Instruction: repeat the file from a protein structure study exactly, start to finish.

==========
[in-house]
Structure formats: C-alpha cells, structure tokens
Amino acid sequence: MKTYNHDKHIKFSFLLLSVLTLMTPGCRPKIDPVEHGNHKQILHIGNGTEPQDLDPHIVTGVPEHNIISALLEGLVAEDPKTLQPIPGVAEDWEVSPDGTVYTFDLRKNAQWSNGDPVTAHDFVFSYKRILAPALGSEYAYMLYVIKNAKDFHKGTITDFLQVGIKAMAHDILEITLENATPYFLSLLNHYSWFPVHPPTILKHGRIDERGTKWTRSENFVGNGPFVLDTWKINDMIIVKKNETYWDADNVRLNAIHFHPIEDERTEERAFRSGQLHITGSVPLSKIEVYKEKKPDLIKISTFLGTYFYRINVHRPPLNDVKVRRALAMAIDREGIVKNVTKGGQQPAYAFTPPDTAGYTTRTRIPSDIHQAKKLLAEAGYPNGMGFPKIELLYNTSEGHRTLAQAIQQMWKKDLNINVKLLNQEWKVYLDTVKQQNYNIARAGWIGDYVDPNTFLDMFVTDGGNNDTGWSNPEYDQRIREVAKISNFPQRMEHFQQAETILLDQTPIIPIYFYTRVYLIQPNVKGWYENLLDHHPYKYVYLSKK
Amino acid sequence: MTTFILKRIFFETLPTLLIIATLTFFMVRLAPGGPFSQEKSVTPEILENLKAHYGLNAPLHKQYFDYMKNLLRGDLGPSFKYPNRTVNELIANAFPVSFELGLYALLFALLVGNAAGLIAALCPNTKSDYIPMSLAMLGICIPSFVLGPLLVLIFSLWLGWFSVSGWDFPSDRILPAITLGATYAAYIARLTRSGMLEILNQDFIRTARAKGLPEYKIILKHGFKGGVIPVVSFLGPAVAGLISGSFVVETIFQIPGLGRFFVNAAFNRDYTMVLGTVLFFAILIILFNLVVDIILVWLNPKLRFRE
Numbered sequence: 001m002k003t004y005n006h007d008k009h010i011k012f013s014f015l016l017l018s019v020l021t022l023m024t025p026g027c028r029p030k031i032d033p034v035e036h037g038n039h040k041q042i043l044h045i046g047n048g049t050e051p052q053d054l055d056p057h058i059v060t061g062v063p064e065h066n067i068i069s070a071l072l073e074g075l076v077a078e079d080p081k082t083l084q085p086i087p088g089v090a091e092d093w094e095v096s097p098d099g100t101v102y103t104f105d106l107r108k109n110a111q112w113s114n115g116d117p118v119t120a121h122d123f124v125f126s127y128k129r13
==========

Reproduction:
[in-house]
Structure formats: C-alpha cells, structure tokens
Amino acid sequence: MKTYNHDKHIKFSFLLLSVLTLMTPGCRPKIDPVEHGNHKQILHIGNGTEPQDLDPHIVTGVPEHNIISALLEGLVAEDPKTLQPIPGVAEDWEVSPDGTVYTFDLRKNAQWSNGDPVTAHDFVFSYKRILAPALGSEYAYMLYVIKNAKDFHKGTITDFLQVGIKAMAHDILEITLENATPYFLSLLNHYSWFPVHPPTILKHGRIDERGTKWTRSENFVGNGPFVLDTWKINDMIIVKKNETYWDADNVRLNAIHFHPIEDERTEERAFRSGQLHITGSVPLSKIEVYKEKKPDLIKISTFLGTYFYRINVHRPPLNDVKVRRALAMAIDREGIVKNVTKGGQQPAYAFTPPDTAGYTTRTRIPSDIHQAKKLLAEAGYPNGMGFPKIELLYNTSEGHRTLAQAIQQMWKKDLNINVKLLNQEWKVYLDTVKQQNYNIARAGWIGDYVDPNTFLDMFVTDGGNNDTGWSNPEYDQRIREVAKISNFPQRMEHFQQAETILLDQTPIIPIYFYTRVYLIQPNVKGWYENLLDHHPYKYVYLSKK
Amino acid sequence: MTTFILKRIFFETLPTLLIIATLTFFMVRLAPGGPFSQEKSVTPEILENLKAHYGLNAPLHKQYFDYMKNLLRGDLGPSFKYPNRTVNELIANAFPVSFELGLYALLFALLVGNAAGLIAALCPNTKSDYIPMSLAMLGICIPSFVLGPLLVLIFSLWLGWFSVSGWDFPSDRILPAITLGATYAAYIARLTRSGMLEILNQDFIRTARAKGLPEYKIILKHGFKGGVIPVVSFLGPAVAGLISGSFVVETIFQIPGLGRFFVNAAFNRDYTMVLGTVLFFAILIILFNLVVDIILVWLNPKLRFRE
Numbered sequence: 001m002k003t004y005n006h007d008k009h010i011k012f013s014f015l016l017l018s019v020l021t022l023m024t025p026g027c028r029p030k031i032d033p034v035e036h037g038n039h040k041q042i043l044h045i046g047n048g049t050e051p052q053d054l055d056p057h058i059v060t061g062v063p064e065h066n067i068i069s070a071l072l073e074g075l076v077a078e079d080p081k082t083l084q085p086i087p088g089v090a091e092d093w094e095v096s097p098d099g100t101v102y103t104f105d106l107r108k109n110a111q112w113s114n115g116d117p118v119t120a121h122d123f124v125f126s127y128k129r13